- Get Involved
FISHER, OVIE CLARK
FISHER, OVIE CLARK (1903–1994). Ovie Clark Fisher, attorney, congressman, and author, was born in Kimble, twelve miles east of Junction, Texas, on November 22, 1903, to Jobe Bazilee and Rhoda Catherine (Clark) Fisher. He grew up in Junction, graduating from Junction High School in 1921. O. C. Fisher married Marian E. DeWalsh on September 11, 1927. They had one daughter, Rhoda.
He attended the University of Colorado and the University of Texas. He took his LL.B. from Baylor in 1929, and was admitted to the Texas Bar that year. He practiced law in San Angelo from 1929 to 1931 then served as county attorney in Tom Green County for two terms from 1931 to 1935. He was a member of the Texas legislature in the House of Representatives from 1935 to 1937. He was district attorney for the 119th District from 1937 until he was elected as a member of the United States House of Representatives from the Twenty-first Congressional District in 1942. He served in Congress until his retirement in 1974.
At the time of his retirement Representative Fisher was the second ranking member of the House Armed Services Committee and the ninth ranking member of the House. Throughout his life he was a conservative Democrat who favored states' rights, conservation and water control, a large and powerful defense establishment, and was dedicated to national fiscal responsibility. He actively opposed big government, big spending, the New Deal, Fair Deal, New Frontier, and the Great Society. He sponsored the Three Rivers dam at San Angelo, the Brady Creek Dam and Brady Reservoir at Brady, and the Amistad Dam on the Rio Grande at Del Rio.
The old San Angelo Dam and San Angelo Lake (now the O. C. Fisher Reservoir and Dam) in Tom Green County and the federal building in San Angelo have been named in his honor. His papers are deposited in the O. C. Fisher wing of the Kimble Library in Junction and at Baylor University. Over his many years in Congress, O. C. Fisher published a long running series of newsletters (Our Washington Newsletter) to the people of his district. He was a prolific author and published many books relating to his Texas heritage and his experiences during thirty-two years in Congress. They include: New Deal to Watergate (1980), Cactus Jack (John Garner) (1978), It Occurred in Kimble County (1937), The Speaker of Nubbin Ridge: The Story of the Modern Angora Goat (1985), King Fisher: His Life and Times (1964), The Texas Heritage of the Fishers and the Clarks (1963), Political Miscellany (1980), and Great Western Indian Fights (with others) (1960).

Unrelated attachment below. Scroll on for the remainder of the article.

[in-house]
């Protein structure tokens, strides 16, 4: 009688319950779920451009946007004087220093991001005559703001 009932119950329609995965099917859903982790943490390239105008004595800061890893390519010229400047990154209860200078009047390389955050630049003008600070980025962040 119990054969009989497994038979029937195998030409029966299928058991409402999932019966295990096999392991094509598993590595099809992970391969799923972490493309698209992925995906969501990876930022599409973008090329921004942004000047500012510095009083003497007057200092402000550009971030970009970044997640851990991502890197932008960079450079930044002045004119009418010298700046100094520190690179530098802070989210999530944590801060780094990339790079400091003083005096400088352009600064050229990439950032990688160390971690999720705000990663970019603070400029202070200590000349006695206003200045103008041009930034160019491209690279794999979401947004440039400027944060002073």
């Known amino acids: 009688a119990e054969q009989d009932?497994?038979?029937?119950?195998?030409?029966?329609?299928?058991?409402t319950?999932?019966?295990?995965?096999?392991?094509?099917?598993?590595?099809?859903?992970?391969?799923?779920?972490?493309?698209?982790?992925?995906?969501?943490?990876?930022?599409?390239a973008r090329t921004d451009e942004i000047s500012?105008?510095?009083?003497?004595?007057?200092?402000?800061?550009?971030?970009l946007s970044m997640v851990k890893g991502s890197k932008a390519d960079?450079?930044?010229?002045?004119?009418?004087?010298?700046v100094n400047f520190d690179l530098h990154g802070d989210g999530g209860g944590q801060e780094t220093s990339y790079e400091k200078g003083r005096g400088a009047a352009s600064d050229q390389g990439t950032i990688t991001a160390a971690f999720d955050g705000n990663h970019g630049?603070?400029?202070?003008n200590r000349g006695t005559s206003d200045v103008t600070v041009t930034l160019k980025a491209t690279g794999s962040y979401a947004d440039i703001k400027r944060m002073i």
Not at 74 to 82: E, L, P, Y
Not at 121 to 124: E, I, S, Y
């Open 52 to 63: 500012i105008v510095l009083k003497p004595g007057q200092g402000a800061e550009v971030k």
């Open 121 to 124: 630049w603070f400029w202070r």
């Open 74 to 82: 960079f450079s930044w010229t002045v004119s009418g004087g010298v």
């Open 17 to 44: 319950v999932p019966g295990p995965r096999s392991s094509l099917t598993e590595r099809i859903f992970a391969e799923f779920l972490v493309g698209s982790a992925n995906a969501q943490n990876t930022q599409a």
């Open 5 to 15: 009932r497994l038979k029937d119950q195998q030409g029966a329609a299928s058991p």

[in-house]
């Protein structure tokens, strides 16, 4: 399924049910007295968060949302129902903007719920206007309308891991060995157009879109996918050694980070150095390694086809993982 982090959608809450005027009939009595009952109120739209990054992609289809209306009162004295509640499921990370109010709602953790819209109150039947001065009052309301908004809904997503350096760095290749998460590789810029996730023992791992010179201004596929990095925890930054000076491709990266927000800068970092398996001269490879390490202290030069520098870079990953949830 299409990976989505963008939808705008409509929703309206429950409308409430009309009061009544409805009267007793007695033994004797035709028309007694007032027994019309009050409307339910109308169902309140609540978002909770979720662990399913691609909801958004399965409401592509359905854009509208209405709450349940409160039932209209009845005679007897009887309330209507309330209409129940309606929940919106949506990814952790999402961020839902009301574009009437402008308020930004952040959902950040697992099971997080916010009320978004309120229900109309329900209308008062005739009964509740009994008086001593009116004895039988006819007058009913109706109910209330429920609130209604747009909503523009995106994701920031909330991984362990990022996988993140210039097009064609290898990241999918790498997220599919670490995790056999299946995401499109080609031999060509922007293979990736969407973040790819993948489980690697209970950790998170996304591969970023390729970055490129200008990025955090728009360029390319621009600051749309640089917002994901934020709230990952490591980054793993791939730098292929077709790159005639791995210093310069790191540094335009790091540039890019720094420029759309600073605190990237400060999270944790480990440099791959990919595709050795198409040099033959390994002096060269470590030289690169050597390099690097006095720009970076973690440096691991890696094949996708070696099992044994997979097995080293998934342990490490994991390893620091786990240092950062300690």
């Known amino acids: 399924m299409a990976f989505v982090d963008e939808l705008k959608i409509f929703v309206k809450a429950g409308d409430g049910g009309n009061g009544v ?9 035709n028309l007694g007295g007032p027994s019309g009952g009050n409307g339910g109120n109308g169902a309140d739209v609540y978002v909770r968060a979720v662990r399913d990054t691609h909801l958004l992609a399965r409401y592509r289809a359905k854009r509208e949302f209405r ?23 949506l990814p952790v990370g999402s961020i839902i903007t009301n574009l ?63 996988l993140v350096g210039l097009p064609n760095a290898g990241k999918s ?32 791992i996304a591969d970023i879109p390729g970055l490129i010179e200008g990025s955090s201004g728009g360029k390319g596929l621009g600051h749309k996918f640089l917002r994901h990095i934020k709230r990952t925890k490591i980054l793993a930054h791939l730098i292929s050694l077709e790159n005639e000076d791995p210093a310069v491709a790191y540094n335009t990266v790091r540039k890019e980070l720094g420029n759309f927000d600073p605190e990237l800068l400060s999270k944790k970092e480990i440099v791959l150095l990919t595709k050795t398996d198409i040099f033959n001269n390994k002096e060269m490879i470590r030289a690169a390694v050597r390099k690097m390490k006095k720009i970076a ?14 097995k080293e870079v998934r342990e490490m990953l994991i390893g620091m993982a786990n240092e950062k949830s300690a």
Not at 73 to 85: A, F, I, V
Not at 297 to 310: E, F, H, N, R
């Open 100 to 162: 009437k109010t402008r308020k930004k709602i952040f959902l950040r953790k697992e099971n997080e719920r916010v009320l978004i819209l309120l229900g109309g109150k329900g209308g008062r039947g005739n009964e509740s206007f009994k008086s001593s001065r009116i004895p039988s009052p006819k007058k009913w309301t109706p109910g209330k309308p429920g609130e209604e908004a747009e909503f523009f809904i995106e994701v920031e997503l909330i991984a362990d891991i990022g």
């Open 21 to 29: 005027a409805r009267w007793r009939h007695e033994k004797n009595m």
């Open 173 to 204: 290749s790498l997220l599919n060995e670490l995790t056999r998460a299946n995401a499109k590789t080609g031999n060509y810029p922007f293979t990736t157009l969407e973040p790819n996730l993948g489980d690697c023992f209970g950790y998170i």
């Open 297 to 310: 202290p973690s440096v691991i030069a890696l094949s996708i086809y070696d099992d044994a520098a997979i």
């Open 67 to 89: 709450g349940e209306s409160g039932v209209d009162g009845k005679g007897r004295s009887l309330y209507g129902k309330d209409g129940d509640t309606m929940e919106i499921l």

After retirement from Congress he resided in San Angelo where he died December 9, 1994. He is buried in the Junction Cemetery alongside his wife Marian.
BIBLIOGRAPHY:Austin American–Statesman, December 10, 1994. Ovie Clark Fisher, The Texas Heritage of the Fishers and the Clarks (Salado, Texas: Anson Jones Press, 1963). Jack Pope, ed., John Berry and his Children (Georgetown, Texas: John Berry Association 1988). Vertical Files, Dolph Briscoe Center for American History, University of Texas at Austin.
Image Use Disclaimer
All copyrighted materials included within the Handbook of Texas Online are in accordance with Title 17 U.S.C. Section 107 related to Copyright and “Fair Use” for Non-Profit educational institutions, which permits the Texas State Historical Association (TSHA), to utilize copyrighted materials to further scholarship, education, and inform the public. The TSHA makes every effort to conform to the principles of fair use and to comply with copyright law.
For more information go to: http://www.law.cornell.edu/uscode/17/107.shtml
If you wish to use copyrighted material from this site for purposes of your own that go beyond fair use, you must obtain permission from the copyright owner.
The following, adapted from the Chicago Manual of Style, 15th edition, is the preferred citation for this article.Handbook of Texas Online, Art Leatherwood, "FISHER, OVIE CLARK," accessed September 15, 2019, http://www.tshaonline.org/handbook/online/articles/ffi57.
Uploaded on June 12, 2010. Published by the Texas State Historical Association.